I gradually moved further and further away over several nights until it was just my hand on her chest. Then I replaced my hand with a flat penguin comforter that Persil were giving away at the time. It did the trick and she would settle without me. She still sleeps with a stuffed version of that penguin now. She’s well known for ‘Mumble’.

Boy was quite a miserable baby. He wouldn’t sleep unless he was swaddled really tightly. I remember lying next to him, all swaddled up, and then sneaking out and away from him when he was asleep. He was hard work. He didn’t sleep during the day either. And if he fell asleep in the car and was woken up going into the house, even if it was his nap time he would NOT go back to sleep.

Is it as bad as you expected ?

I never expected night times to be as hard as they were and are. People tell you that babies don’t sleep but until you have actually lived on 2 hours sleep a night for several weeks in a row, I don’t think you really understand what it is like. I also expected to be able to get them into routines really quickly. Yep, that doesn’t happen. It varies by baby as well. Plus, you think that as they get older it will get easier but that doesn’t always happen either.

Sometimes it gets worse. Sorry! And they go to bed later too. So although they might sleep through the night, you could be dying to go to bed at 9pm but you can’t because they’re still awake! And they don’t nap either. But for the most part I would say I do sleep better than I did when they were babies.

Would you change anything about your nigh time routine ?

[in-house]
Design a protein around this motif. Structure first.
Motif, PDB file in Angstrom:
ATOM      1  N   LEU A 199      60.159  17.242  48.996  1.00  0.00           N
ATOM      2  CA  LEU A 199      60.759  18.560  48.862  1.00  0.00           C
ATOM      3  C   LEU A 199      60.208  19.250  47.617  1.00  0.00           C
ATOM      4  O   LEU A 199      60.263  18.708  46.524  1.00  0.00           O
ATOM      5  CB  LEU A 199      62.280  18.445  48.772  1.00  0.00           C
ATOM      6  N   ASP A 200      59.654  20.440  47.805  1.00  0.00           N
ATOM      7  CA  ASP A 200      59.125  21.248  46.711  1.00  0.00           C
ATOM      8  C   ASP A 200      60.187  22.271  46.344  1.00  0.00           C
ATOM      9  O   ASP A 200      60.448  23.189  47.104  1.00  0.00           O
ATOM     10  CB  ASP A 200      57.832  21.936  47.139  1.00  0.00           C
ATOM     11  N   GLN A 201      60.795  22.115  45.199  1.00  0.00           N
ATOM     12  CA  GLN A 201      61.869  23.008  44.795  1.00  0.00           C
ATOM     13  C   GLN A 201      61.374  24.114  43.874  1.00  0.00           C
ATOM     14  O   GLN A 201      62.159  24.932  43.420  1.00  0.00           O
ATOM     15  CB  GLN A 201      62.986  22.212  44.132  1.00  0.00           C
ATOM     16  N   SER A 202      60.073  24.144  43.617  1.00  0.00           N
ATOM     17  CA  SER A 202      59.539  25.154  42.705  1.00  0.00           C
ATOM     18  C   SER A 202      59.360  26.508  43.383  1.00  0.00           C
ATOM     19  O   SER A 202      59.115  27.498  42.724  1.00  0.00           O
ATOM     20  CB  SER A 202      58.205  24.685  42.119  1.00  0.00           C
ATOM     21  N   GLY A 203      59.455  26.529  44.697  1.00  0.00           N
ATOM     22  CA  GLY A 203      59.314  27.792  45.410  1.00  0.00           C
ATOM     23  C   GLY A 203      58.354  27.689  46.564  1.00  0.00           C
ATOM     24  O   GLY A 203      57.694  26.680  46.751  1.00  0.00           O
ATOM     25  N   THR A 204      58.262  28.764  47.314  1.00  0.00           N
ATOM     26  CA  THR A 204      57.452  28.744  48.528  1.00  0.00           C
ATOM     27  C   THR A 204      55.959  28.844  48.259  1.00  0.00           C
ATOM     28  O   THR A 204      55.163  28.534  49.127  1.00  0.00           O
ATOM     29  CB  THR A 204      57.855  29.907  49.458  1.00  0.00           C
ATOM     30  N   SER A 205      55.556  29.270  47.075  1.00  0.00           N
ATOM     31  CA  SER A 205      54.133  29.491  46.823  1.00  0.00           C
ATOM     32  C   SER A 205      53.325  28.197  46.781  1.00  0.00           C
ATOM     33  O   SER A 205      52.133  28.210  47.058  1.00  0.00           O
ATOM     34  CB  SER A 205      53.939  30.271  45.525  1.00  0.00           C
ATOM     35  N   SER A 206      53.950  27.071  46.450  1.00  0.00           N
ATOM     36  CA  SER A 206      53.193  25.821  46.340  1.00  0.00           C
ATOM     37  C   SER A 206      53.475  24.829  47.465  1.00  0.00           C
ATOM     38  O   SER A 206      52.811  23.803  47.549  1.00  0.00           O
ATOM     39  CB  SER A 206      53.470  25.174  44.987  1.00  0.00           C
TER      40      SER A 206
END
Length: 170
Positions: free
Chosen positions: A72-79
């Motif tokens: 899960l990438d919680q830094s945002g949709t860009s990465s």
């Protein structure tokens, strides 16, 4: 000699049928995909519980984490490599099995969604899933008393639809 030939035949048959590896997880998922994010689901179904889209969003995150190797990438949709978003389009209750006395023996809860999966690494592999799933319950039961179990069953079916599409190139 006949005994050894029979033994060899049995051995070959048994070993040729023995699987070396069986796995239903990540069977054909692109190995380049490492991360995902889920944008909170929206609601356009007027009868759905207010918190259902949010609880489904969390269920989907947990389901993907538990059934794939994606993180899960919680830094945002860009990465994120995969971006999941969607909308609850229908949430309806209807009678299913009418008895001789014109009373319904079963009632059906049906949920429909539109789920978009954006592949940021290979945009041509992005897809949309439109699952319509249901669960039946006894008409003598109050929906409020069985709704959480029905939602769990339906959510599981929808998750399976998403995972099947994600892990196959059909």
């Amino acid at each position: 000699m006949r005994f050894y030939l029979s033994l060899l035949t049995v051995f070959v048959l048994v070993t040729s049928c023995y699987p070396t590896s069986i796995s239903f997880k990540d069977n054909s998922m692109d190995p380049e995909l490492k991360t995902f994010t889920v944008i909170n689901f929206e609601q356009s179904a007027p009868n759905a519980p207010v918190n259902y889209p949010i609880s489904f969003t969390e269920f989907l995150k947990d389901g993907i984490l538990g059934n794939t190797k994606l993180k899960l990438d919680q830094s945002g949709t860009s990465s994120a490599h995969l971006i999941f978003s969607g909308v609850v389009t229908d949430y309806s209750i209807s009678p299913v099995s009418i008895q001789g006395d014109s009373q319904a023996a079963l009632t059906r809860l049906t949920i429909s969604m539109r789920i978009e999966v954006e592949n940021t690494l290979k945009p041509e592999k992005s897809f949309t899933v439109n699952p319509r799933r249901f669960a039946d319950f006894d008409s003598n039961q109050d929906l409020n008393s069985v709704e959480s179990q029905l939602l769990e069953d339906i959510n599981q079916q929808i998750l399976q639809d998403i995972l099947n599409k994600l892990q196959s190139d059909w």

I don’t think I would change anything. You have to go with your instinct as a parent and the needs of the baby. I disagree with all the advice that’s given about baby not sleeping on their side/tummy/swaddled/hanging from the ceiling. You find the way your baby sleeps best and go with it. One of mine slept better on their front, another slept better on their side. I did what worked for them.

What strategies would you suggest ?

One thing I would definitely suggest is do not get into the habit of only being able to settle the baby by going on a car ride/in a buggy/tied to your back. It will only make things worse in the long run.  Those habits are really hard to break and you will find yourself going out at 7pm and driving round the neighbourhood for hours for the next few years. Babies need to learn to settle on their own.Getting them to do that can be really hard but it’s worth putting the time and effort and sleepless nights in. You will have better nights sleep in the end. Also do not bother with a dummy for sleeping. You will spend more time feeling around for the stupid thing in the dark than you will sleeping because the baby is settled by it. Trust me on this one.

 As they get older, if they are still having problems sleeping, look at sleep hygiene. It works for adults as well as children – I have had to practice it as I sometimes suffer from sleepless nights due to my CFS. The techniques can be found on the internet but it involves things like keeping the bedroom just for sleeping.Going to bed 15 minutes before the usual time they/you go to sleep and then gradually bringing that time back earlier and earlier, no TVs in the bedroom etc. Of course this isn’t always easy. At my sister’s house, Missy goes to sleep without her tablets, but then there’s nothing in her room there to distract her.

 Also, if your kids are quite small, remember that sleepless nights are generally only a phase. I know it feels like you are never going to get a night’s sleep again but you will. It is usually only a few months out of your life.

Some great advice from Jo and a really interesting insight into her life. Want to read more for the Conflab corner then visit her blog. Also keep an eye on Instagram, Facebook and Twitter for up dates.